: In concentrations of 10 to 20 percent, acetic acid can be used as a weed killer on gardens and lawns. When used as an herbicide, the acetic acid can kill weeds that have emerged from the soil, but does not affect the roots of the weed, so they can regrow.


    Sounds to this my not necessarily be your answer...

    Addendum: Just followed the link you gave and I see it states the same con....guess there's no easy answers other than apply and repeat and repeat..
     
    Last edited: Jan 3, 2024
  5. DerekK

    DerekK Active Member

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    @Margot, I used to volunteer at a conservation area and of course couldn't use chemical products to control weeds in paths etc (for obvious reasons) so we used a 3 part vinegar solution and it worked very well.
    The recipe is: 1 cup salt, 1 tbsp dish soap (it was recommended to us to use Dawn brand but I can't recall why) and 1 gallon white vinegar. I think the 20% strength would be ideal. The idea is that the salt and vinegar break down the cell structure of the weed and the soap is a surfactant that allows the mixture to penetrate the weed.
    At the very least, it will delay the weed going to seed and continuing the cycle. Those weeds that are already growing in late winter/early spring always seem to go to seed long before we venture out into the garden after the cold rains gradually decline.
    Good luck.

    In the link it describes the success of vinegar even on Canada Thistle.

    spray-weeds-with-vinegar
     
  6. Margot

    Margot Renowned Contributor 10 Years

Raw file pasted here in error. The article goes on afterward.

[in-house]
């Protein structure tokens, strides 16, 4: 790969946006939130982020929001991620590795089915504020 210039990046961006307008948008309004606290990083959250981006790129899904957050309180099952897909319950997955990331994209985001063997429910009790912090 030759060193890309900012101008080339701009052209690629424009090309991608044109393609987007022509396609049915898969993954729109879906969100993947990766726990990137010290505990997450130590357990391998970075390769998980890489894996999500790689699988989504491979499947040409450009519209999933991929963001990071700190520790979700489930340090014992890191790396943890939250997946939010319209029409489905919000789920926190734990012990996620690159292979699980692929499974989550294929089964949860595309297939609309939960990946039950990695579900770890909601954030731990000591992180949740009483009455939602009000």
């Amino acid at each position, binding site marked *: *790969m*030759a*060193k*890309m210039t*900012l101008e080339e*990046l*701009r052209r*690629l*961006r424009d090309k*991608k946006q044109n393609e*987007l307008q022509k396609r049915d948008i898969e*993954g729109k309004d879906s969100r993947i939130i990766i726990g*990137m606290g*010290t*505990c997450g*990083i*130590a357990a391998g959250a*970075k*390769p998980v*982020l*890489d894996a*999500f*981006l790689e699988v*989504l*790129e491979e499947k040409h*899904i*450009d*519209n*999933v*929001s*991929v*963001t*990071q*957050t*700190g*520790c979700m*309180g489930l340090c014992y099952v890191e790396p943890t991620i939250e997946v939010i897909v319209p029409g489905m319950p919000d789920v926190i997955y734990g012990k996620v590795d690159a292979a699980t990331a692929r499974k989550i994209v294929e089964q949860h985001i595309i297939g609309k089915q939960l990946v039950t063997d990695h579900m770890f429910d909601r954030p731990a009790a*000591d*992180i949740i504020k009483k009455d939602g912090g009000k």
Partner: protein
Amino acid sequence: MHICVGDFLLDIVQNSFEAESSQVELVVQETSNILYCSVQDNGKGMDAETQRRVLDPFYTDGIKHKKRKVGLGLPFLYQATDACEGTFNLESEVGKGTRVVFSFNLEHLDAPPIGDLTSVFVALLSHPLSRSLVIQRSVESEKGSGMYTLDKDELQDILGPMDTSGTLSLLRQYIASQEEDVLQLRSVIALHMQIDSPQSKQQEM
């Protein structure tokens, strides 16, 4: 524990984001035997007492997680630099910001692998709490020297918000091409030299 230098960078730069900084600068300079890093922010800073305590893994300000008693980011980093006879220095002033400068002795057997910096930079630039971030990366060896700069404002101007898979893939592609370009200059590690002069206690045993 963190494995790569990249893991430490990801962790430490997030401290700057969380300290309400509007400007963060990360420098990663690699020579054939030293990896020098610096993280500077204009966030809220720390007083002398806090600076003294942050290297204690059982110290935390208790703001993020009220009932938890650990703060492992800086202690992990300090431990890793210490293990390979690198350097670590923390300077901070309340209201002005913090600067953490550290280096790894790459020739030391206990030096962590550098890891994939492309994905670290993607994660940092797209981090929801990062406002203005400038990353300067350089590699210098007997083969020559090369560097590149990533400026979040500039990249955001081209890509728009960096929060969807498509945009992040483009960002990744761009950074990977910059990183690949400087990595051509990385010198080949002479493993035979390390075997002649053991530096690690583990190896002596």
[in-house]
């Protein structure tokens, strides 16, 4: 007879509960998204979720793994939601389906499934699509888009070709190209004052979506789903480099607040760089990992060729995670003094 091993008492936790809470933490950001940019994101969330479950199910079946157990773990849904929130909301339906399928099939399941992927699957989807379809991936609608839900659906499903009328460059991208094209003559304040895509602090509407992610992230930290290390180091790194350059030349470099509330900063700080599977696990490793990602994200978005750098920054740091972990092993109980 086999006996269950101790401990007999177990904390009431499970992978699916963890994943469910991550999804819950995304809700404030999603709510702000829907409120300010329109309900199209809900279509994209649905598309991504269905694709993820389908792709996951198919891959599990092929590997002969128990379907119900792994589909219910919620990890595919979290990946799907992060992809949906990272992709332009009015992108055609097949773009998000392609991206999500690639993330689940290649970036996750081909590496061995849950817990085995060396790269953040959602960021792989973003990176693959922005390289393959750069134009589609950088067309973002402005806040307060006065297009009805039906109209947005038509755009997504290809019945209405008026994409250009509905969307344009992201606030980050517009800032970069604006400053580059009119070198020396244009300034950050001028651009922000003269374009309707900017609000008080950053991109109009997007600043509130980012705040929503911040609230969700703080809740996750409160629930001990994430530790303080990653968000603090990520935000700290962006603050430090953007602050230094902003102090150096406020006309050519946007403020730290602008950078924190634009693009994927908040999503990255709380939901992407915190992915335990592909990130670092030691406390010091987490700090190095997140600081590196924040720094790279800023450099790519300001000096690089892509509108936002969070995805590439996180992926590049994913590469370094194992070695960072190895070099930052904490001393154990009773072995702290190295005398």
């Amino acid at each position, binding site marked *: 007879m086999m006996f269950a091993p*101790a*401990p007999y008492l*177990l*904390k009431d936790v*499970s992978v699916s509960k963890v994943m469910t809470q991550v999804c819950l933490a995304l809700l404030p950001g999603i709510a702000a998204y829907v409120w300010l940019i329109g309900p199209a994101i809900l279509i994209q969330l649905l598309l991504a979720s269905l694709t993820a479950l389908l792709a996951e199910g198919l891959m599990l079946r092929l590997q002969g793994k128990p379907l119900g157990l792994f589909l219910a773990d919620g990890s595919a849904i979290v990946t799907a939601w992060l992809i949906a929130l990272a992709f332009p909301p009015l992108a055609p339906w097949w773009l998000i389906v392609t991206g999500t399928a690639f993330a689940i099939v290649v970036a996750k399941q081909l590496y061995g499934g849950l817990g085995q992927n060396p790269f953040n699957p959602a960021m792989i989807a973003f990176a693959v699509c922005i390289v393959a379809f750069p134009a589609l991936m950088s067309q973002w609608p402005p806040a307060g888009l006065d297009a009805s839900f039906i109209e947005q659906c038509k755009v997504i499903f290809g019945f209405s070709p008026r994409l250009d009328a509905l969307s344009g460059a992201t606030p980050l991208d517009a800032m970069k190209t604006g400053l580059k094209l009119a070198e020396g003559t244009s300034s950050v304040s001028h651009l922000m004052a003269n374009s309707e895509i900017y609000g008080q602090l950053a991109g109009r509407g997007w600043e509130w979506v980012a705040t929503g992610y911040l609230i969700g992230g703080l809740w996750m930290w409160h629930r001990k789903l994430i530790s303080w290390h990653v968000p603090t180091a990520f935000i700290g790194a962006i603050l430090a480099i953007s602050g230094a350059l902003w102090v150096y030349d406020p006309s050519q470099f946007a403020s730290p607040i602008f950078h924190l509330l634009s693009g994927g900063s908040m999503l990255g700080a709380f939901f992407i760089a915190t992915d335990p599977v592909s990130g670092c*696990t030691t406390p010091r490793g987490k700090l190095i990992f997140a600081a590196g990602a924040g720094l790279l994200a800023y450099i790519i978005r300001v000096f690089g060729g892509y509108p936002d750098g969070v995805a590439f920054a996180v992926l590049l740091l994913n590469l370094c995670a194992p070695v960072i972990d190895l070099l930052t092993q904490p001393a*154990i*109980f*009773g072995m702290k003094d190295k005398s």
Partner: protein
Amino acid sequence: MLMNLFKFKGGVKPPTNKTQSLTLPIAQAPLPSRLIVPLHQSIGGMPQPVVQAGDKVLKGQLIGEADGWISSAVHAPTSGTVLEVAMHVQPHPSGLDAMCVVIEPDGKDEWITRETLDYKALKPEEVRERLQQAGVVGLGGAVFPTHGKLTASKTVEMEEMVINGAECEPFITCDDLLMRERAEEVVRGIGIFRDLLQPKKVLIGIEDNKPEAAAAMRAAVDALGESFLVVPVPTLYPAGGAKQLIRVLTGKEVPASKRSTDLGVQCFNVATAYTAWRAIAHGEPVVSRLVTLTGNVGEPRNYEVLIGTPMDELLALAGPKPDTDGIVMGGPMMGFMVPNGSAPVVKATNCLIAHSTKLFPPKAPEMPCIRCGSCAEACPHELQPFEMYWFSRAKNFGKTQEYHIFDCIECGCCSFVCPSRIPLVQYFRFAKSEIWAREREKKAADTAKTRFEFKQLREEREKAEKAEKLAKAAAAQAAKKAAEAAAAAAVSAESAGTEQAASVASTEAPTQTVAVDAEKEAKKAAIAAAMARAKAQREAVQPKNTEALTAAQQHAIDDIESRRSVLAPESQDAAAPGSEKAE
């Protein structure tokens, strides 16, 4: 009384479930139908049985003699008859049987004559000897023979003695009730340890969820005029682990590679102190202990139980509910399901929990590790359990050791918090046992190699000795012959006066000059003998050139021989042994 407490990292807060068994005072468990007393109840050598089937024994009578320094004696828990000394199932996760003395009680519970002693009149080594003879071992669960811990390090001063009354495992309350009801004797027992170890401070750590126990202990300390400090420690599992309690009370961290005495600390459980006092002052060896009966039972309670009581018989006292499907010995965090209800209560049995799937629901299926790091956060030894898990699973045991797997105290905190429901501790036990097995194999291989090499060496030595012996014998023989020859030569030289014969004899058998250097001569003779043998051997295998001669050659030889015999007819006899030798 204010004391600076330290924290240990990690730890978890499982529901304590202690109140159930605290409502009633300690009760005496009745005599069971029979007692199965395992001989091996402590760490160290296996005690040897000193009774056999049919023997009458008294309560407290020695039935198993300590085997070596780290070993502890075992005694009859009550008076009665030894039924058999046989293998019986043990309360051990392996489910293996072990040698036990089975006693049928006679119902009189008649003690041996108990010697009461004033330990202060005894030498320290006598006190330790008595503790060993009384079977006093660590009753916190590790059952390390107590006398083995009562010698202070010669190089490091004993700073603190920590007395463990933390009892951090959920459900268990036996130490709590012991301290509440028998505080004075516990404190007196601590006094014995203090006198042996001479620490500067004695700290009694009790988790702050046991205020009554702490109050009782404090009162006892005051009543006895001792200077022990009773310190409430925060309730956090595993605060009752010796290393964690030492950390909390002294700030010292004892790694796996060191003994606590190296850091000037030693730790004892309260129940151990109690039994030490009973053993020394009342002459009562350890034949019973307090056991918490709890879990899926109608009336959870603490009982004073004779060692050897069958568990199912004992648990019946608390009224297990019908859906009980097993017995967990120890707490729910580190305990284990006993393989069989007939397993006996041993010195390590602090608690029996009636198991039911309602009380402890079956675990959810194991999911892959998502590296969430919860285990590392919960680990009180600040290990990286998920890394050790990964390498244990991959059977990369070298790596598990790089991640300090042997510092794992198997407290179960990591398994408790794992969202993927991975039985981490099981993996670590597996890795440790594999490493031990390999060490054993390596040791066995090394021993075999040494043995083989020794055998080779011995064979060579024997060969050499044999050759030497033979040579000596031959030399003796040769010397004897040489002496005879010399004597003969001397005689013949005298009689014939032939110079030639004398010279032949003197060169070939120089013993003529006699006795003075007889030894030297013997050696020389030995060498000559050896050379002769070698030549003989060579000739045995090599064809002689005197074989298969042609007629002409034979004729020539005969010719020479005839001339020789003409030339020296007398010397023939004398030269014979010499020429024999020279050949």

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    Yes, that is exactly what I'm aiming to do - to buy time. Thank you for your advice. Snap Weed (Cardamine hirsuta) is the worst, blooming and seeding seed so quickly in late winter.

    I'm reluctant to use salt in areas where I'd eventually like to plant because it is said to move very slowly through the soil but I think I'm going to spring for a litre of 20% vinegar.
    I'll report back on my success (or lack of).
     
  7. Georgia Strait

    Georgia Strait Generous Contributor

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    Hello Margot - if you want to try - you mention “online”

    I’ve seen strong clear white cleaning vinegar at Home Hardware at the BC Coast

    it’s in their website - I can’t see the % in photo

    https://www.homehardware.ca/en/25l-white-vinegar-all-purpose-double-strength-cleaner/p/4581225
     
  8. Margot

    Margot Renowned Contributor 10 Years

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    Thanks, Georgia - I've seen that too but, like you, couldn't see the percentage of acetic acid. 'Double strength' could be only 14%; hard to tell.